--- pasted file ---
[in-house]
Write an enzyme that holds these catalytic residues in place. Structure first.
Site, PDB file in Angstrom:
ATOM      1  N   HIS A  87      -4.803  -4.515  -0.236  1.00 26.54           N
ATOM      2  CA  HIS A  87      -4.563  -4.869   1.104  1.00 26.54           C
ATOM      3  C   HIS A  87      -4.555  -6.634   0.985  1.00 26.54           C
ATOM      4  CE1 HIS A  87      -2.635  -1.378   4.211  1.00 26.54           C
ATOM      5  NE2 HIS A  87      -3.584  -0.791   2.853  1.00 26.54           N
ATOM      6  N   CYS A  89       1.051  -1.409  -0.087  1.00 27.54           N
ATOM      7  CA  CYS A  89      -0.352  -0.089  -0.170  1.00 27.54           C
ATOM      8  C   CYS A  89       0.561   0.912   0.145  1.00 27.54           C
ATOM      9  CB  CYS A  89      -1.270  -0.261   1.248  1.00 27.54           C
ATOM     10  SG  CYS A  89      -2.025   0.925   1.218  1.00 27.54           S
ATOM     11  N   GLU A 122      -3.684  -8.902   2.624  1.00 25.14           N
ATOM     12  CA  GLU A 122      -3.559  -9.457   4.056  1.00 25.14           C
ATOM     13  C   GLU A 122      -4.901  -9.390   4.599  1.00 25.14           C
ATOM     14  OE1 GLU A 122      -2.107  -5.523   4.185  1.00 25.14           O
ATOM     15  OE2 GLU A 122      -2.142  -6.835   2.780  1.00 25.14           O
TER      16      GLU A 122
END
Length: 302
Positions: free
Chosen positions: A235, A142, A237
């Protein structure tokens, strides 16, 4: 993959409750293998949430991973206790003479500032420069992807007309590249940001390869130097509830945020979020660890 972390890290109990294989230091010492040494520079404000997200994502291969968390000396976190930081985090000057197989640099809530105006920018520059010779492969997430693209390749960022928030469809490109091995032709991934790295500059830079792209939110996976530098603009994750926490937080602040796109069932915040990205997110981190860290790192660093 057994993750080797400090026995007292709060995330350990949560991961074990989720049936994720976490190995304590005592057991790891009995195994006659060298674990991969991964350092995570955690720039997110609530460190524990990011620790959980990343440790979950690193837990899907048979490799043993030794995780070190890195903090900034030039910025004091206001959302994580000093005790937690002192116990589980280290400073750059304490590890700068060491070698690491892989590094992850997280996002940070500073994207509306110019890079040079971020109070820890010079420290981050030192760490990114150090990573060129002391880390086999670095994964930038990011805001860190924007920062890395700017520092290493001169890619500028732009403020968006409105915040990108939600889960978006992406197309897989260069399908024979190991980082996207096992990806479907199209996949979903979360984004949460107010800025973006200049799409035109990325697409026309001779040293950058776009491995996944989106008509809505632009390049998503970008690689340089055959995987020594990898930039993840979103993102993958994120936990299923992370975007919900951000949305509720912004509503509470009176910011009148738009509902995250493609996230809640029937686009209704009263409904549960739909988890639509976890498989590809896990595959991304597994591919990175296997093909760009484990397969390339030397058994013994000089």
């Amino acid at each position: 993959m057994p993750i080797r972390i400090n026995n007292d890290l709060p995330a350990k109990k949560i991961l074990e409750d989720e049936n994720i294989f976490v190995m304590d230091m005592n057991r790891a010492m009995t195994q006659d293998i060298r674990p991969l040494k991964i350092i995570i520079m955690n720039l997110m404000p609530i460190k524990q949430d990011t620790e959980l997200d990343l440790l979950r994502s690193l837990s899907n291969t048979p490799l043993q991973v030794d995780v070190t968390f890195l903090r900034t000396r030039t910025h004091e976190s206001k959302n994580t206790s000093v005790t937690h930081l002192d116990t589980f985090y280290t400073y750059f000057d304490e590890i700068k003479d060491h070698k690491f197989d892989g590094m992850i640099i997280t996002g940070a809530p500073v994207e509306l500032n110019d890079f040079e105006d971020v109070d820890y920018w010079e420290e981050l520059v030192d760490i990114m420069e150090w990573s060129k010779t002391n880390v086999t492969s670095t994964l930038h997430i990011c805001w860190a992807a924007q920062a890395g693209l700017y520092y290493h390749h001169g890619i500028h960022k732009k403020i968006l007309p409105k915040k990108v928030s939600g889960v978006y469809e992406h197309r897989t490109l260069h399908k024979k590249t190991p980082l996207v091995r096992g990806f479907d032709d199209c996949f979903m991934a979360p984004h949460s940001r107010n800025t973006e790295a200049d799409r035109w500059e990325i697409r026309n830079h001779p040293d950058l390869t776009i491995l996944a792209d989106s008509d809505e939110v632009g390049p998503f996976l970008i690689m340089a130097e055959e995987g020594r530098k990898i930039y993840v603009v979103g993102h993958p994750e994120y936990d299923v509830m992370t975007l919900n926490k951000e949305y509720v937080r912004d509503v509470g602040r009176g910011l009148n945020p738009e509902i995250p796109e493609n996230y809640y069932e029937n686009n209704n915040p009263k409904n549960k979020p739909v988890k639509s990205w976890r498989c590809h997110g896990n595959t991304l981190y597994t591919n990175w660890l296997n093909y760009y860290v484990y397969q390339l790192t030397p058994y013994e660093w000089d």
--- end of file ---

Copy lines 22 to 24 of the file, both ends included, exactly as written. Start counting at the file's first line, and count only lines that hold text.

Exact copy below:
Positions: free
Chosen positions: A235, A142, A237
């Protein structure tokens, strides 16, 4: 993959409750293998949430991973206790003479500032420069992807007309590249940001390869130097509830945020979020660890 972390890290109990294989230091010492040494520079404000997200994502291969968390000396976190930081985090000057197989640099809530105006920018520059010779492969997430693209390749960022928030469809490109091995032709991934790295500059830079792209939110996976530098603009994750926490937080602040796109069932915040990205997110981190860290790192660093 057994993750080797400090026995007292709060995330350990949560991961074990989720049936994720976490190995304590005592057991790891009995195994006659060298674990991969991964350092995570955690720039997110609530460190524990990011620790959980990343440790979950690193837990899907048979490799043993030794995780070190890195903090900034030039910025004091206001959302994580000093005790937690002192116990589980280290400073750059304490590890700068060491070698690491892989590094992850997280996002940070500073994207509306110019890079040079971020109070820890010079420290981050030192760490990114150090990573060129002391880390086999670095994964930038990011805001860190924007920062890395700017520092290493001169890619500028732009403020968006409105915040990108939600889960978006992406197309897989260069399908024979190991980082996207096992990806479907199209996949979903979360984004949460107010800025973006200049799409035109990325697409026309001779040293950058776009491995996944989106008509809505632009390049998503970008690689340089055959995987020594990898930039993840979103993102993958994120936990299923992370975007919900951000949305509720912004509503509470009176910011009148738009509902995250493609996230809640029937686009209704009263409904549960739909988890639509976890498989590809896990595959991304597994591919990175296997093909760009484990397969390339030397058994013994000089």